Musicians with and without disabilities strike perfect chord at collaborative concert

January 14, 2020

Chris Reardon


There was a steady bustle back stage Friday night at the Eugene G. Wilkins Theatre for the Performing Arts at Kean University a half-hour before the curtain was set to rise. Musicians tuned their instruments while singers stretched their vocal cords and performers dabbed on make-up in bathroom mirrors.

Yet what was unique about this production was the performers were a mix of musicians and singers both with and without disabilities. All were ready when the curtain rose and lights went on, shining brightly on the 5th annual collaborative concert staged by Community Access Unlimited (CAU), its Academy for Continuing Education (ACE) and Kean’s Music Conservatory program.

The musicians and singers comprised members of CAU and ACE, adults with disabilities, and students of Kean’s Music Conservatory program. Kean music majors have been working with CAU members and ACE students for several years, helping them learn and appreciate music and teaching them how to play instruments. Five years ago they teamed for their first collaborative concert and the production has become an annual event.

This year the audience was treated to a delightful mixture of choral selections, rock tunes and music from Disney productions. Students from middle schools in Elizabeth and Roselle Park also performed.

“We perform songs that relate to our situation in life so we can advocate for greater community integration and how we have abilities that many people might not think are there,” said Marguerite Modero, music director at ACE. “We focus on our abilities, not our disabilities.”

For Maurice Stephens, a member of CAU for 11 years, this was his first chance to play bass guitar on stage in front of a live audience. He used to play trumpet but took up guitar for the collaborative concert as a new challenge.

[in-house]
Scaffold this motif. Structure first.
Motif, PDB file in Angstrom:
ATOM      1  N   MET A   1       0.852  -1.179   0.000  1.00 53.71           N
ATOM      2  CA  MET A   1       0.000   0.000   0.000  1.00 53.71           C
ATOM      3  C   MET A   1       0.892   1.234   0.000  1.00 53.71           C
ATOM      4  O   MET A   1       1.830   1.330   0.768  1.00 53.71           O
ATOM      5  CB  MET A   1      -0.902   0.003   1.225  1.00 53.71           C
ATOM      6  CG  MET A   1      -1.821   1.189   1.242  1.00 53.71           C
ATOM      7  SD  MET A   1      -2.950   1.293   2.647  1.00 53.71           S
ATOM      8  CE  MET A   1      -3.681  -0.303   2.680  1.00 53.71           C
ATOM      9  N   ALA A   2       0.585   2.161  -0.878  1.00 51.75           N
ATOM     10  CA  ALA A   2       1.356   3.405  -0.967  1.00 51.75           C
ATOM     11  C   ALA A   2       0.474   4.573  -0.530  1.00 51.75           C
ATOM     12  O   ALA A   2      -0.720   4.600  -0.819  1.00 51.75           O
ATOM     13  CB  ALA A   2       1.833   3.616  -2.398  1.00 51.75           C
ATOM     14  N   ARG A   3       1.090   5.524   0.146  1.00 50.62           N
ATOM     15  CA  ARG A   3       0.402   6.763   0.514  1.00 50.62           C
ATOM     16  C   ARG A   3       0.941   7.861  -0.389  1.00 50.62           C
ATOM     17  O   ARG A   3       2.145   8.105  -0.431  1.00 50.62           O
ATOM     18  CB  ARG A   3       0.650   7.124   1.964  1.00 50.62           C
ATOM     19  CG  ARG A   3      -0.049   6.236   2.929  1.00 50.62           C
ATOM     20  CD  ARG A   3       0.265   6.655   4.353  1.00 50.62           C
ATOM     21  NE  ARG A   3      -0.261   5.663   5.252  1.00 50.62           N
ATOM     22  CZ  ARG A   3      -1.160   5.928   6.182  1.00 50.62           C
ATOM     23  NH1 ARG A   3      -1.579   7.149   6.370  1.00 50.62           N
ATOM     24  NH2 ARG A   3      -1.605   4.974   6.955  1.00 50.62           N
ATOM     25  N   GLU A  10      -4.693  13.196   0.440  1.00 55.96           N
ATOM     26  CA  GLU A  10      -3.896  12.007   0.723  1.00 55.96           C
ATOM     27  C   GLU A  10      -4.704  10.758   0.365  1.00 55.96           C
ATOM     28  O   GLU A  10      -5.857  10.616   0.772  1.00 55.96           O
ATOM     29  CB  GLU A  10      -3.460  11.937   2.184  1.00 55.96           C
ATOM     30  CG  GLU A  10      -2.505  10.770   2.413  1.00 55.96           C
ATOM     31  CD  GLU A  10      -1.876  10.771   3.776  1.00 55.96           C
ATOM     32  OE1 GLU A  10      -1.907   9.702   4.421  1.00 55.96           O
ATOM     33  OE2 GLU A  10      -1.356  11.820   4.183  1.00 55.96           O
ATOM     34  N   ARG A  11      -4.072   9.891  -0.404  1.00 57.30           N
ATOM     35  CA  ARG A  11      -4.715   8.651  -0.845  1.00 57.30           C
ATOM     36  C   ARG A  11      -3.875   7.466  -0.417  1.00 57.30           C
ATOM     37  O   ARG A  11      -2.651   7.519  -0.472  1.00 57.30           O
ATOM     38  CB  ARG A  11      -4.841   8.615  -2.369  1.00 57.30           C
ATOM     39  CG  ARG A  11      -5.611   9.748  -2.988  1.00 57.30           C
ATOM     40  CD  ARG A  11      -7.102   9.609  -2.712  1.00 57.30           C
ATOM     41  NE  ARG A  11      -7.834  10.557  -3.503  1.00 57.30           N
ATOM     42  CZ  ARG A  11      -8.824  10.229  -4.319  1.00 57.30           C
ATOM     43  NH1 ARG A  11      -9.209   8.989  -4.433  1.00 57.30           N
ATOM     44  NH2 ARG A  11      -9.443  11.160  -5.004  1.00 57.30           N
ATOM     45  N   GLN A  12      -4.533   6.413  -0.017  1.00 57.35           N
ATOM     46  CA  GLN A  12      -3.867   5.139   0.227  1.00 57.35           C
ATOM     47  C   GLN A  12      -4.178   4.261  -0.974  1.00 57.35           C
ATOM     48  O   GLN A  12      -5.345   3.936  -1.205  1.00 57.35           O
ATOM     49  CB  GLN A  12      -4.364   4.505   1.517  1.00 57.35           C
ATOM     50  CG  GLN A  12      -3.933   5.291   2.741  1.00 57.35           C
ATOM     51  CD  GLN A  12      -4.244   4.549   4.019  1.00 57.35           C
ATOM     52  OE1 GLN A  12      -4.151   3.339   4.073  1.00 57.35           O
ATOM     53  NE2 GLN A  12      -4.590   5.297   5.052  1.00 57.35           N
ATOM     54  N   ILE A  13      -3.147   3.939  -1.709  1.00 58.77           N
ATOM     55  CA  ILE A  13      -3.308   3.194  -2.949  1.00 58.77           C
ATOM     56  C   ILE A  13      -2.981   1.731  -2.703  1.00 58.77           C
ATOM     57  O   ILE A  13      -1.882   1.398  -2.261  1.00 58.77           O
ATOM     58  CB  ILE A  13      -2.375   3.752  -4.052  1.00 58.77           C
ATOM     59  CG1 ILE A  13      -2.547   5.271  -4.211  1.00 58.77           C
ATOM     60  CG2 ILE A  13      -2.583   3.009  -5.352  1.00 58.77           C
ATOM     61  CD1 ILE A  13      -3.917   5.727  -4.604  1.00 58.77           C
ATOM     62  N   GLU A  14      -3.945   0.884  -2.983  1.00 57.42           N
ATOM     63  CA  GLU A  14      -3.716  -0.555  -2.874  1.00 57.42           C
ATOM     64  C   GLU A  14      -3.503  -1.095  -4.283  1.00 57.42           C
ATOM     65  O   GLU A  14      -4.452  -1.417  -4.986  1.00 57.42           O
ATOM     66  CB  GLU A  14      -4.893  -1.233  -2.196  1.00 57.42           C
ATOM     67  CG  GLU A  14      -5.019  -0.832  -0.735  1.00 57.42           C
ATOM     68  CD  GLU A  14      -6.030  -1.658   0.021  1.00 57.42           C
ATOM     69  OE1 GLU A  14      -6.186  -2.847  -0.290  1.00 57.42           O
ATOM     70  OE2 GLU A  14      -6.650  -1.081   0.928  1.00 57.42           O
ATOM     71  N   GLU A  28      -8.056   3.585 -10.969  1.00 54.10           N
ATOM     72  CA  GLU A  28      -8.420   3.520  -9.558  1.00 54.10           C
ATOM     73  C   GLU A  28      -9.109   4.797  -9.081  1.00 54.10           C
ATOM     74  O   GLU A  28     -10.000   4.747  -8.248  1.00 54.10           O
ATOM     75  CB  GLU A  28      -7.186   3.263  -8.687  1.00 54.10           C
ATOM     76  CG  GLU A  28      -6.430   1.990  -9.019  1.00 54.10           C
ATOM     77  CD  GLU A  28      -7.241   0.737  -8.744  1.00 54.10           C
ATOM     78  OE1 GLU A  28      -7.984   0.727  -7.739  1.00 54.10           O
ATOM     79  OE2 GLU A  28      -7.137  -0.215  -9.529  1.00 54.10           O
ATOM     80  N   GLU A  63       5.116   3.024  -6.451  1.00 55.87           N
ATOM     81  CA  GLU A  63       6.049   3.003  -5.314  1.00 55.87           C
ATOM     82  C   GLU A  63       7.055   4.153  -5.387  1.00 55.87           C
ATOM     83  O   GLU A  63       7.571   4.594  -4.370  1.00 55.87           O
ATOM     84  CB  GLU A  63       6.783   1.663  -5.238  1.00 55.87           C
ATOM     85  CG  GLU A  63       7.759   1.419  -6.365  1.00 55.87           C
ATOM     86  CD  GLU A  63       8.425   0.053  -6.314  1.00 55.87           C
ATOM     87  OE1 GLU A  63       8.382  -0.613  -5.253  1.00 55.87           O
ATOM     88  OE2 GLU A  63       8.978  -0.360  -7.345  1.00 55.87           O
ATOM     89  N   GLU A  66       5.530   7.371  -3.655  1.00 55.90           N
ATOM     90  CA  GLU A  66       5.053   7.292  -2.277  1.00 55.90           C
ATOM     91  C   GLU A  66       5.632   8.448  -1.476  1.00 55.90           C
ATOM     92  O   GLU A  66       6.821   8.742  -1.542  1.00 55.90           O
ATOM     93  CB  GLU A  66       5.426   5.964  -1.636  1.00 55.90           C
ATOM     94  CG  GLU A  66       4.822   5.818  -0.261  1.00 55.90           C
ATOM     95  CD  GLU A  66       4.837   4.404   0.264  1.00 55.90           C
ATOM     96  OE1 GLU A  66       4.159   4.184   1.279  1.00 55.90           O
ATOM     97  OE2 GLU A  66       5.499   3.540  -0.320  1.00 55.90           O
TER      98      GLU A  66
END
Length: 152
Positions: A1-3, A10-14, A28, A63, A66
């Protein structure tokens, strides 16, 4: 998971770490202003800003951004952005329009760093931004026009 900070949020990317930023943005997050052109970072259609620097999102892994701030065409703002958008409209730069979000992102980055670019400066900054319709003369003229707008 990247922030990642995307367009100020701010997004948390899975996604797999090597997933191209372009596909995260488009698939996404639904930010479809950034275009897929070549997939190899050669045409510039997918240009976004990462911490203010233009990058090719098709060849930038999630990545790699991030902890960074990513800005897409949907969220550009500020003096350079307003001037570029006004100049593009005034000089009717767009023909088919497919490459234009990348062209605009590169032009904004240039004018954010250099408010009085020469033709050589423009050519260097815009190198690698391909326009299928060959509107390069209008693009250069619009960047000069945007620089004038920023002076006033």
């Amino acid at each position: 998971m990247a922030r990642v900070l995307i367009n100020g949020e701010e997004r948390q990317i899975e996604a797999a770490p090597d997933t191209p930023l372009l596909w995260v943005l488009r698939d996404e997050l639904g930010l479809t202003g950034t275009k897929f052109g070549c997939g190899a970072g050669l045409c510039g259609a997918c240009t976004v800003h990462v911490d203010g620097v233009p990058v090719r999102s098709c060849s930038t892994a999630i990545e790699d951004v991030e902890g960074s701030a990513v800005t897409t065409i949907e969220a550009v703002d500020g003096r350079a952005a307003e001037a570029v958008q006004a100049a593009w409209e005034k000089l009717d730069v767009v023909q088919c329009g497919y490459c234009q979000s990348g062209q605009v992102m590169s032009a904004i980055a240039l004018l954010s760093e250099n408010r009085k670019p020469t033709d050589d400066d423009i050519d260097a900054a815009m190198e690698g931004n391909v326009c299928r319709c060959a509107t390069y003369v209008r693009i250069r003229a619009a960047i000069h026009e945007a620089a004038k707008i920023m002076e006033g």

“I wanted to do something more with music,” Stephens said. “I see a lot of people playing an instrument. I said, ‘Why not play two?’ I’m thinking of learning piano next. It makes me feel good. I feel like I accomplished something and that’s pleasurable.”

Jessie Gaeta, a CAU member for two years, also performed for the first time on stage at this year’s concert. She has been taking singing lessons at ACE but never took the stage until Friday.

“It made me feel really good,” she said. “I’d been singing with my lessons but this was new for me. I was really excited.”

Gaeta’s favorite song of the evening was Blitzkrieg Bob by the Ramones, with its catchy repeated chorus of, “Hey ho, let’s go! Hey ho, let’s go!”

“I really like singing it,” Gaeta said.

According to Lynn Schraer-Joiner, Kean’s music education coordinator, music is the great unifier and equalizer. Friday evening the audience at Wilkins Theater saw this first-hand. While the back stage bustle was commonplace, what took place on stage was very special.

This arts project was made possible in part by a 2019 HEART (History, Education, Arts Reaching Thousands) Grant from the Union County Board of Chosen Freeholders.